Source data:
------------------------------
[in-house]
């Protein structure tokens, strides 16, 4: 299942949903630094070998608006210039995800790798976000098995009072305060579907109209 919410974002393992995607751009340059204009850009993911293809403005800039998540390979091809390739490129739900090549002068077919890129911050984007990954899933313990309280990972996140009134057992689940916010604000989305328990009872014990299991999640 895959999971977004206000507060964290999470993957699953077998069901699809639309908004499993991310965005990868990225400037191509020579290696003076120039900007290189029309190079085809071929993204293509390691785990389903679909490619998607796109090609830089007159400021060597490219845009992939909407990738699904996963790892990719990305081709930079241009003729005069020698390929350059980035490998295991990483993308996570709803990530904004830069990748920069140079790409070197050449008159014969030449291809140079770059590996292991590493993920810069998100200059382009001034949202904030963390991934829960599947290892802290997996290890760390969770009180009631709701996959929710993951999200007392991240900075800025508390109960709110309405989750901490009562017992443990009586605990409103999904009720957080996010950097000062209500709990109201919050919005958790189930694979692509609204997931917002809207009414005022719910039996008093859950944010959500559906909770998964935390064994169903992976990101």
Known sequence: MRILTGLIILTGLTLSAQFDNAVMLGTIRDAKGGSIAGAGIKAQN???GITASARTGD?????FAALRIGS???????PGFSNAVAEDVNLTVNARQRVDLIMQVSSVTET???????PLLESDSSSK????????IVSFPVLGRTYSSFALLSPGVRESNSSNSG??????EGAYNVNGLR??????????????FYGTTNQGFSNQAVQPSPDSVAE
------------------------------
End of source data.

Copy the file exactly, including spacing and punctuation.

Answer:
[in-house]
């Protein structure tokens, strides 16, 4: 299942949903630094070998608006210039995800790798976000098995009072305060579907109209 919410974002393992995607751009340059204009850009993911293809403005800039998540390979091809390739490129739900090549002068077919890129911050984007990954899933313990309280990972996140009134057992689940916010604000989305328990009872014990299991999640 895959999971977004206000507060964290999470993957699953077998069901699809639309908004499993991310965005990868990225400037191509020579290696003076120039900007290189029309190079085809071929993204293509390691785990389903679909490619998607796109090609830089007159400021060597490219845009992939909407990738699904996963790892990719990305081709930079241009003729005069020698390929350059980035490998295991990483993308996570709803990530904004830069990748920069140079790409070197050449008159014969030449291809140079770059590996292991590493993920810069998100200059382009001034949202904030963390991934829960599947290892802290997996290890760390969770009180009631709701996959929710993951999200007392991240900075800025508390109960709110309405989750901490009562017992443990009586605990409103999904009720957080996010950097000062209500709990109201919050919005958790189930694979692509609204997931917002809207009414005022719910039996008093859950944010959500559906909770998964935390064994169903992976990101």
Known sequence: MRILTGLIILTGLTLSAQFDNAVMLGTIRDAKGGSIAGAGIKAQN???GITASARTGD?????FAALRIGS???????PGFSNAVAEDVNLTVNARQRVDLIMQVSSVTET???????PLLESDSSSK????????IVSFPVLGRTYSSFALLSPGVRESNSSNSG??????EGAYNVNGLR??????????????FYGTTNQGFSNQAVQPSPDSVAE